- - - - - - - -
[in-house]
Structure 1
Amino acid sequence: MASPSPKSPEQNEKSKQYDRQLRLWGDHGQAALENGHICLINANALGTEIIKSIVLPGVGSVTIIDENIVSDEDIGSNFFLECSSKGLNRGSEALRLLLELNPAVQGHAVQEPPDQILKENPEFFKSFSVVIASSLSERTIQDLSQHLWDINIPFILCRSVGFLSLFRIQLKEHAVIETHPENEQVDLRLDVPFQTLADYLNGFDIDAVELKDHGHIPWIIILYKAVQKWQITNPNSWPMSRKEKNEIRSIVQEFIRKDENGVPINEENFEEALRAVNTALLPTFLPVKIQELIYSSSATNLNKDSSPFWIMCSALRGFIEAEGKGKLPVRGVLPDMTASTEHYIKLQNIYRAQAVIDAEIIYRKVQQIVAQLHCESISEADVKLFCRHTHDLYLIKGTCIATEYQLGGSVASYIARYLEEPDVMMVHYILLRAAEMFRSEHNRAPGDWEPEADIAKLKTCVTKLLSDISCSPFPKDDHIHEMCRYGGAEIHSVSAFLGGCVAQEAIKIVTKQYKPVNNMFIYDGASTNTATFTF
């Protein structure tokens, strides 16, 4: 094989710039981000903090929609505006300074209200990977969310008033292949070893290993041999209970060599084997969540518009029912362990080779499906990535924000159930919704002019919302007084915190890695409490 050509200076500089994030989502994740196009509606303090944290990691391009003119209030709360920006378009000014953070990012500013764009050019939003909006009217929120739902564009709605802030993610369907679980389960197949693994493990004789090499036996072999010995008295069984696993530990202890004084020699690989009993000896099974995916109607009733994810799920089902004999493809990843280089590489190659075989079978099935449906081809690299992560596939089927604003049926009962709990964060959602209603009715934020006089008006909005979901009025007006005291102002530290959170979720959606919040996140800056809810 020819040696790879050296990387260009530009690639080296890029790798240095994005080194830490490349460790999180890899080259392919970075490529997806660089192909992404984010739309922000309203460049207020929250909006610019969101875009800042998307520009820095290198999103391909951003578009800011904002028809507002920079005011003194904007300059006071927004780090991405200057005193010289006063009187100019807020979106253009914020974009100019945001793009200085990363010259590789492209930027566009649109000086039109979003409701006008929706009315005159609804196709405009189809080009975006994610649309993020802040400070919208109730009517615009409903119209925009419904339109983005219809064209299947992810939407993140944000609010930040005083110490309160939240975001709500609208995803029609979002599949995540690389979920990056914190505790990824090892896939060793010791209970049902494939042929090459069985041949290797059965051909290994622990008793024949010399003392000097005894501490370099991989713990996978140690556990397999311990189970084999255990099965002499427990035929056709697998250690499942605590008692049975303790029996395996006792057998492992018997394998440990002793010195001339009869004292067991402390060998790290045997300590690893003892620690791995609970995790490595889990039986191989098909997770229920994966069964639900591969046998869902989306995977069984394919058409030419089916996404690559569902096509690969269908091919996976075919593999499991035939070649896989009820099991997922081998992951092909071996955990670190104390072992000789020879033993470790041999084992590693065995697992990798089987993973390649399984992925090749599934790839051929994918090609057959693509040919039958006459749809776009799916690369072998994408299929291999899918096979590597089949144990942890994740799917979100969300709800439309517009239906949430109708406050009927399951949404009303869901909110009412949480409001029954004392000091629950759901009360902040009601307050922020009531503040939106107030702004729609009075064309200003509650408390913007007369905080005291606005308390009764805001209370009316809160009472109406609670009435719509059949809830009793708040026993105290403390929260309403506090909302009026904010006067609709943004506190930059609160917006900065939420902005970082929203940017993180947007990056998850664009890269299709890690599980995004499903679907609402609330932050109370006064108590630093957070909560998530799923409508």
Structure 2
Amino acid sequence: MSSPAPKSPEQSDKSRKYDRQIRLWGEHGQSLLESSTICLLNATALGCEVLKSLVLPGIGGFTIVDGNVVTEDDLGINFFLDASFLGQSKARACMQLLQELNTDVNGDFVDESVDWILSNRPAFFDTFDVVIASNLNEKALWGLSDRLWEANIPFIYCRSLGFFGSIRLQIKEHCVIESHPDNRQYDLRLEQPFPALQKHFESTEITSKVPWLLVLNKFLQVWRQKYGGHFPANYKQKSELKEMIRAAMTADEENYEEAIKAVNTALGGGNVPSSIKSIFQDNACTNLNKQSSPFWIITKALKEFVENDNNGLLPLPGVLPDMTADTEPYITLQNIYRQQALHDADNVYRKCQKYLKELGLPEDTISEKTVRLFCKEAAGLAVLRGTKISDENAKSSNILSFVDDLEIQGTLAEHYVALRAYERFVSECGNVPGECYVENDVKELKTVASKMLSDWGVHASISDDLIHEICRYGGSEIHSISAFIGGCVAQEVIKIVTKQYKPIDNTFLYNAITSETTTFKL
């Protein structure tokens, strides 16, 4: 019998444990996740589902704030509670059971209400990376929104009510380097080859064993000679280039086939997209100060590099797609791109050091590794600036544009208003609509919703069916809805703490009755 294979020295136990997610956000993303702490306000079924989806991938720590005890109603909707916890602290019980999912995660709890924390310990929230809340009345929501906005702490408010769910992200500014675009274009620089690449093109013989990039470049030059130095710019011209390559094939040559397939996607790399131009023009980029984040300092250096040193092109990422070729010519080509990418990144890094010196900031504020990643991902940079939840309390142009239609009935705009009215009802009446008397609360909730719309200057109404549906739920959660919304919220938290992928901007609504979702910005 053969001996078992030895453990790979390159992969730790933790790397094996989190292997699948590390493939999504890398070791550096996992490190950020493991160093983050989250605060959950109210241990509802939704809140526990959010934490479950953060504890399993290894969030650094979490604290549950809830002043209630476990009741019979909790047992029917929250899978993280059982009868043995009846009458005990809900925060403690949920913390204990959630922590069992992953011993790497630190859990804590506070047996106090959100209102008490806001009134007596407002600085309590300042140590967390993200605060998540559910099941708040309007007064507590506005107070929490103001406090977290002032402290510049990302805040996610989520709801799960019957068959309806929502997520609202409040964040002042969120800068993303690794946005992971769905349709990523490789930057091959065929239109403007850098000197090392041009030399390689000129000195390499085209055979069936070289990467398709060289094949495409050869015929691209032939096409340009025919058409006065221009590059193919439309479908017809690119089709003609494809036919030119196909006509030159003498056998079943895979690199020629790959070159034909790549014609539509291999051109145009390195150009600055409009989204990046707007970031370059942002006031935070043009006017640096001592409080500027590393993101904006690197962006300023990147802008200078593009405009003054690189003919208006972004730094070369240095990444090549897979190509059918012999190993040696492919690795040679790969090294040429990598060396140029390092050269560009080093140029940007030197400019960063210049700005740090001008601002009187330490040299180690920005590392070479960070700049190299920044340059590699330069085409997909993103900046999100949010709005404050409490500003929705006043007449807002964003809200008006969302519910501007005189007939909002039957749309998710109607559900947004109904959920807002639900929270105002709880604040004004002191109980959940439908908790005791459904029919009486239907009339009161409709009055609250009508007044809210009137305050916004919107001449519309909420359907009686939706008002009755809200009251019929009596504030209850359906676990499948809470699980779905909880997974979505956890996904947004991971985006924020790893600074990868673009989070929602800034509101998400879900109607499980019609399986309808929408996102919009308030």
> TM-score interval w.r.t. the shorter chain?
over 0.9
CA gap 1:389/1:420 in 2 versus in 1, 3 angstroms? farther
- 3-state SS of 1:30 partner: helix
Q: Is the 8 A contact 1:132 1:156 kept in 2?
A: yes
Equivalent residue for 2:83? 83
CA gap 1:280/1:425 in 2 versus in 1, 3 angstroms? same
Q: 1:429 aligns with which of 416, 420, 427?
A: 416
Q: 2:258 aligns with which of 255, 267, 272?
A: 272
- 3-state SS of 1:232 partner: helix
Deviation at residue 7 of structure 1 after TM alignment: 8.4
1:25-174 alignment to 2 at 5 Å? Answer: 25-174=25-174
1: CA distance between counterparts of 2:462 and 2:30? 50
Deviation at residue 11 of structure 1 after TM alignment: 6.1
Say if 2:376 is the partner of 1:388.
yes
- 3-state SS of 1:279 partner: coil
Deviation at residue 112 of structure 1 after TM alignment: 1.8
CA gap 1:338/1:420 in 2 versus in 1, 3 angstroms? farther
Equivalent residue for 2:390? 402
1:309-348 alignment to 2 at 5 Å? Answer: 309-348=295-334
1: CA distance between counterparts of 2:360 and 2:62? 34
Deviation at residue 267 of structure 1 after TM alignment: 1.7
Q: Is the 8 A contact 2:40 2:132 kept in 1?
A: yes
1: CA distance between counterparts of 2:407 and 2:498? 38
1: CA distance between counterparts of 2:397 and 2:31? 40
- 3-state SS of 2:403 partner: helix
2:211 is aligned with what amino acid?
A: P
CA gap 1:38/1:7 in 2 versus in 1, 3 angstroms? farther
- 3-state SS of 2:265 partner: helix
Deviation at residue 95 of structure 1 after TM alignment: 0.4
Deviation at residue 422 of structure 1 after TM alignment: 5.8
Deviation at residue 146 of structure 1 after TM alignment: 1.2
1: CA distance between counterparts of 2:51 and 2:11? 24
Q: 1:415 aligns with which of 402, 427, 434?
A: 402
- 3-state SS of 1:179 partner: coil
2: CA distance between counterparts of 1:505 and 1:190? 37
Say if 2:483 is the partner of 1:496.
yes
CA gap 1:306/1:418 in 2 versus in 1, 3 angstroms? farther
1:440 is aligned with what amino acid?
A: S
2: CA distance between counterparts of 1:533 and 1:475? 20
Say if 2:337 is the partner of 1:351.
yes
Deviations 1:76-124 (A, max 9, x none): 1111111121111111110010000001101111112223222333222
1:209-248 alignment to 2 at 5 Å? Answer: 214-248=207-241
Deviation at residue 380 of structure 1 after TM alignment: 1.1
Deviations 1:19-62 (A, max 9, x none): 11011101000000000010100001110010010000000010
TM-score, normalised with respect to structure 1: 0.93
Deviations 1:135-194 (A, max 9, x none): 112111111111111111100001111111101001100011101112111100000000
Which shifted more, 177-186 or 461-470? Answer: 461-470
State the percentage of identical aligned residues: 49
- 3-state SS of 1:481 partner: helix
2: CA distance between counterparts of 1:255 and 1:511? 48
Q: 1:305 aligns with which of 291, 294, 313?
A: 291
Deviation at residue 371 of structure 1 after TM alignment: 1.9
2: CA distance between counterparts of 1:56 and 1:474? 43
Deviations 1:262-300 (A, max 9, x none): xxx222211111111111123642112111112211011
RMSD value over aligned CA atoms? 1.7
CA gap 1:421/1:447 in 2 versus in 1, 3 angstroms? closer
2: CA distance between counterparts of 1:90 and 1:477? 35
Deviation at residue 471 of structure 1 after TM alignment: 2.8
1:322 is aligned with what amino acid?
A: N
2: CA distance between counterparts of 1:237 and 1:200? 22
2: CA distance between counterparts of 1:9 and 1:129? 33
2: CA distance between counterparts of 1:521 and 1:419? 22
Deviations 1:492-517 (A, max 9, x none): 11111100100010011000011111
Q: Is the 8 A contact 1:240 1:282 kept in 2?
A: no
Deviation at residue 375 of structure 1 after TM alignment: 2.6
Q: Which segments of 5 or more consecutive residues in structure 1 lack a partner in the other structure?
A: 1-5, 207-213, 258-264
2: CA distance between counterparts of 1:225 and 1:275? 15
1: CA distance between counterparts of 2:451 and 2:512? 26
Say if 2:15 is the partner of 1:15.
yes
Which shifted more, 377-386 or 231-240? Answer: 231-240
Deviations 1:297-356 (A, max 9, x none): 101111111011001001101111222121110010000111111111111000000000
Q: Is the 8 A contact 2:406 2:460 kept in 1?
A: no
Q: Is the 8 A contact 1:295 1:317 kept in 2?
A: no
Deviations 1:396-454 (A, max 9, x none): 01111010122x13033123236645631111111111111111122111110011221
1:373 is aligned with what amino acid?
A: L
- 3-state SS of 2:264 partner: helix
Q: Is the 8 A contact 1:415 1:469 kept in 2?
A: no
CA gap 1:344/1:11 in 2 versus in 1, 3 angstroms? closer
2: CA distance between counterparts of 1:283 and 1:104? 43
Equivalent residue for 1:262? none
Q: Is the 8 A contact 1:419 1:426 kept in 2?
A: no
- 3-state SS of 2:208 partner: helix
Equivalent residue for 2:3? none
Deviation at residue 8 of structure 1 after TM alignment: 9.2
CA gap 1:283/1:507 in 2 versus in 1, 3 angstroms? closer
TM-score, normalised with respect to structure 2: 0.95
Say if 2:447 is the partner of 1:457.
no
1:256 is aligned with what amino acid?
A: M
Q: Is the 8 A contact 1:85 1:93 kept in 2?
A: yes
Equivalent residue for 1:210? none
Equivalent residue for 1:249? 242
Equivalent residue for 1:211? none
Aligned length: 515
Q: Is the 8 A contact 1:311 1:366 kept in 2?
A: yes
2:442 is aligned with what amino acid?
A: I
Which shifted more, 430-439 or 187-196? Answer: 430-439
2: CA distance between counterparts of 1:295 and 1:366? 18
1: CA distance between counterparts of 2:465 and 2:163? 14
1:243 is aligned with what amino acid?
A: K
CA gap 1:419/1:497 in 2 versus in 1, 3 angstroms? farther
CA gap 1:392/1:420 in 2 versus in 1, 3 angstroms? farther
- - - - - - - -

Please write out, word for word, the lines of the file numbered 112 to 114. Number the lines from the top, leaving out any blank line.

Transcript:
Deviation at residue 8 of structure 1 after TM alignment: 9.2
CA gap 1:283/1:507 in 2 versus in 1, 3 angstroms? closer
TM-score, normalised with respect to structure 2: 0.95